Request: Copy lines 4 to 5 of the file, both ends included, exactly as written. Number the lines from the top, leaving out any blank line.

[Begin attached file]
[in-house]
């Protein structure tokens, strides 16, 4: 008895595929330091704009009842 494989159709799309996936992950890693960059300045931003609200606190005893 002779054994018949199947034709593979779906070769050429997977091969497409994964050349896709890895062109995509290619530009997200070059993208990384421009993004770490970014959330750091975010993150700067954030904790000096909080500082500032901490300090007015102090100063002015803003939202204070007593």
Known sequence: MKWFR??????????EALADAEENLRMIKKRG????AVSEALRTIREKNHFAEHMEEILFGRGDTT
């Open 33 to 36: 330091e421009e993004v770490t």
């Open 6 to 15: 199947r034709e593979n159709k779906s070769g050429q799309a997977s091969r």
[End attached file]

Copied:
């Open 33 to 36: 330091e421009e993004v770490t």
């Open 6 to 15: 199947r034709e593979n159709k779906s070769g050429q799309a997977s091969r």